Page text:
Recently, Angelo Notaras and George C Poulos, independently of each other, decided to make a “pilgrimage” to visit him. When I visited, the door was opened to me by his highly efficient Bulgarian Aged Carer, Liza. She took me into the lounge room to meet Damian. He is a tall man, who strikes you instantly as being both urbane and erudite. He is extremely “sharp” for his age. I found it very easy to converse with him, as he followed the thread of our conversation easily.
He told me that the family had left Australia when he was 14 years of age, and settled in Britain. He had joined the British military. He married initially in a civil ceremony, and later in the Greek Orthodox Church. He had spent most of his working life in Britain, but came back to live in Greece, later in life. His marriage was a very happy one. He cared for his wife when she became ill. She has predeceased him.
I usually take copious notes when I visit older people. However in this case, I did not know what to expect upon meeting Damian, and I felt like I was imposing upon him. I now regret not taking the time to write down a more comprehensive “oral history”. Hopefully the KWHF can arrange for this to be done before his demise. I am always reminded of Kevin Cork’s aphorism – “every time an old person dies…a whole library burns down”.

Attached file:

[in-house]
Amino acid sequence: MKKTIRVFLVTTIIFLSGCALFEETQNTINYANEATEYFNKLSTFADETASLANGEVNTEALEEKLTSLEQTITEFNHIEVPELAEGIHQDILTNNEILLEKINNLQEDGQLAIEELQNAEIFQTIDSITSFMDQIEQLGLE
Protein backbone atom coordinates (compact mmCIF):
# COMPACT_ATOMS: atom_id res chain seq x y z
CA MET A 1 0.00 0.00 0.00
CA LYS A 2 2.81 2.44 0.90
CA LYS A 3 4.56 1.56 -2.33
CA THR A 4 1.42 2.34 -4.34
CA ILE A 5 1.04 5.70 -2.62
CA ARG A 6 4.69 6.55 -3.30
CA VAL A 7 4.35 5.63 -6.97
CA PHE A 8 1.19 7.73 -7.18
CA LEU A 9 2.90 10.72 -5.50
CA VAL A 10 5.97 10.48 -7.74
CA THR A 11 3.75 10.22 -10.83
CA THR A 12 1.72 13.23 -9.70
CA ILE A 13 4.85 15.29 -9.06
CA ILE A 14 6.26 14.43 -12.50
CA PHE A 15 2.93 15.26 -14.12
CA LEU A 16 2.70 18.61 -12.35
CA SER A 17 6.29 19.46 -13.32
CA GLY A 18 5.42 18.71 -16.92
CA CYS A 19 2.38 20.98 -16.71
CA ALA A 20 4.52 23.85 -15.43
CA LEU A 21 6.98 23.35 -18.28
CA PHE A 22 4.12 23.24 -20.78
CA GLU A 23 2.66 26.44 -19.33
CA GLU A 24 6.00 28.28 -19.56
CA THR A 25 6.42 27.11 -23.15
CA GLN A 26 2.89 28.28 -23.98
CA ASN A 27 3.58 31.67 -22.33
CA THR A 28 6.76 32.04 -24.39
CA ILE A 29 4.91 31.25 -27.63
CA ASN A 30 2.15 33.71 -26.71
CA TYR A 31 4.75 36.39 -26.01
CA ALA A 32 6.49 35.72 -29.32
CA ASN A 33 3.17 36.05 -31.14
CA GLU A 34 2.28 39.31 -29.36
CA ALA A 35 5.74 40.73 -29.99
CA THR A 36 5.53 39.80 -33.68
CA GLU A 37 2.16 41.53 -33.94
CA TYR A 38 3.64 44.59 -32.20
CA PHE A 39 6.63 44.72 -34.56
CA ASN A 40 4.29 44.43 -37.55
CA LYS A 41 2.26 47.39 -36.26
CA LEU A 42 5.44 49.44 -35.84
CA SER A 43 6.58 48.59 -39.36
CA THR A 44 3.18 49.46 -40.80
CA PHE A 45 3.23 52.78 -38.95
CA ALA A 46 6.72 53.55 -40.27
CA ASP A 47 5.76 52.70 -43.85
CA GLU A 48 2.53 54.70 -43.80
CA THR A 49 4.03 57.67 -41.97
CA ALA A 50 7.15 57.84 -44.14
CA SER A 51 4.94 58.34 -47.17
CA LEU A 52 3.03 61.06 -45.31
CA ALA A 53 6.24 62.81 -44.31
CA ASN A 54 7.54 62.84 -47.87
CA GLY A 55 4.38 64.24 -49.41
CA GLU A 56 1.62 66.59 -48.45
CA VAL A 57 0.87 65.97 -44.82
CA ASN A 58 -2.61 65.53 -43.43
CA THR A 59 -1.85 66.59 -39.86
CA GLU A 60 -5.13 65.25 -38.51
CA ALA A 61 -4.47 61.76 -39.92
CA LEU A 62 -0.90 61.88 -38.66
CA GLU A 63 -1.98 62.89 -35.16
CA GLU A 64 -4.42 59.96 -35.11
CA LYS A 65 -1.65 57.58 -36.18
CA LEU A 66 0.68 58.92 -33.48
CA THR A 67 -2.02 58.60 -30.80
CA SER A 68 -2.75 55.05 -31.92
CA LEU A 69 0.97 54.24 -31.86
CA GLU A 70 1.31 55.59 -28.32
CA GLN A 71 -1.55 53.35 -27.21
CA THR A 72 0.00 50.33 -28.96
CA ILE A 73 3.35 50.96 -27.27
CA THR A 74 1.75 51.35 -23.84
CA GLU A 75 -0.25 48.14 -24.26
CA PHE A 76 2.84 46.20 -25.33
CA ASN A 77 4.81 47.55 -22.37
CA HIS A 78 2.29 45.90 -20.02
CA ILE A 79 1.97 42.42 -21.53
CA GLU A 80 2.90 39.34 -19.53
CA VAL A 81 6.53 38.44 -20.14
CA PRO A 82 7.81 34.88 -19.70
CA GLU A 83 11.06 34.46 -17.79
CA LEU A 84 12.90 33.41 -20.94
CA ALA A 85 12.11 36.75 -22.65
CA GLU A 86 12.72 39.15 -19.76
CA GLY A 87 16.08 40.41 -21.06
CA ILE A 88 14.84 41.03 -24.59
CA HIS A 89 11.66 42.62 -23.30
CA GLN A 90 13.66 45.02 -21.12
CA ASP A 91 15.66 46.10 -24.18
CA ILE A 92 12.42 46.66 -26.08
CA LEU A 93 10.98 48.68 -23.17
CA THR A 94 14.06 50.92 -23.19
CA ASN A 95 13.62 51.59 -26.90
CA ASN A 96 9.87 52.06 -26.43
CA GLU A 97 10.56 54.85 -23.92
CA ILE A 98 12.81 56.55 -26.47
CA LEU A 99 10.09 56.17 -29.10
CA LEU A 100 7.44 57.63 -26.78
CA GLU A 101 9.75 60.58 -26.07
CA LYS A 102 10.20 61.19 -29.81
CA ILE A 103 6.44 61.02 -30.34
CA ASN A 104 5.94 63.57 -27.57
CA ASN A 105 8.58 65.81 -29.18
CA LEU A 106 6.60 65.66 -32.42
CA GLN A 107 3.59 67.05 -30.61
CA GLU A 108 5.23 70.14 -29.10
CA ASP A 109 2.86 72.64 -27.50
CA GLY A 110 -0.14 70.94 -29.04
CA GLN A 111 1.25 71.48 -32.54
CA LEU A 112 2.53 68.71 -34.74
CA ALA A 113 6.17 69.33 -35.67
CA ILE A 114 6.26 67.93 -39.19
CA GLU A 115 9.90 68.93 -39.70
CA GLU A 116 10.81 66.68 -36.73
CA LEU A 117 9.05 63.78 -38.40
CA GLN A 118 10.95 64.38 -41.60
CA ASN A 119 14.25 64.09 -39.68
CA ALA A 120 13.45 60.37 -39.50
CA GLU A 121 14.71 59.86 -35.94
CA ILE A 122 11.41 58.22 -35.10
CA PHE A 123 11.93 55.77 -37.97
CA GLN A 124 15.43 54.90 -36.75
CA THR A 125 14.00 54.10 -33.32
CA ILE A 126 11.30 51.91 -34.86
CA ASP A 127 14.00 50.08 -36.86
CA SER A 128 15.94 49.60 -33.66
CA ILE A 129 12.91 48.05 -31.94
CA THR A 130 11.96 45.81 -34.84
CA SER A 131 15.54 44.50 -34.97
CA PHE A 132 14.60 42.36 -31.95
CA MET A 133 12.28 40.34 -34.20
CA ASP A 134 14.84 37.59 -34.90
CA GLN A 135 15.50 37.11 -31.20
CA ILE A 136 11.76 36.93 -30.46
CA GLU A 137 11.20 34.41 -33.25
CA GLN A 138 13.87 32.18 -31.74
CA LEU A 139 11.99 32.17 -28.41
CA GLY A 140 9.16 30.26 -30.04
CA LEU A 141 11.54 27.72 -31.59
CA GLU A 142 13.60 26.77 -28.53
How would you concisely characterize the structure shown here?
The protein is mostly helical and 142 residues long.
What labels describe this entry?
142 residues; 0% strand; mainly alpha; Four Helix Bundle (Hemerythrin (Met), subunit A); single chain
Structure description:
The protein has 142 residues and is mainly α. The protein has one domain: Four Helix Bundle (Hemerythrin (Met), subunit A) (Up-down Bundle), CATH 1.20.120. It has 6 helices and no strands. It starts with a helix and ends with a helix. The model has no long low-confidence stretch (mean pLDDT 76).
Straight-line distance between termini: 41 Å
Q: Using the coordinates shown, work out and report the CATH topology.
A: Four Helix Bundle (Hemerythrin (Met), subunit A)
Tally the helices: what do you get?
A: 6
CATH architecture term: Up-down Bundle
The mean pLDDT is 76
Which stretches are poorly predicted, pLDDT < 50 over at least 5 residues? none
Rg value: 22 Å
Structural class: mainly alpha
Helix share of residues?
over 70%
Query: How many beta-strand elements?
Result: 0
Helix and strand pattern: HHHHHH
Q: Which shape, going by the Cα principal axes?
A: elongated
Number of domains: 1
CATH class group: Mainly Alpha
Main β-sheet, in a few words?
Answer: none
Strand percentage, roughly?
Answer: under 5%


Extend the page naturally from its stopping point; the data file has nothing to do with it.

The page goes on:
Speaking of libraries, Damian is a well read man, and has always maintained an extensive library. Recently he decided to pack up and send to the Mayor of Kythera, a large number the more valuable works from his library, to form part of the collection of the new Municipal Library on the island. He has maintained enough of his Library in Palio Psihiko, to keep him in reading material.
One of his abiding interests has been philately (the study of stamps). He wrote an article about The Seventh Island: A Short Philatelic History of Kythera, for the Bulletin of the Hellenic Philatelic Society of Great Britain in 1986.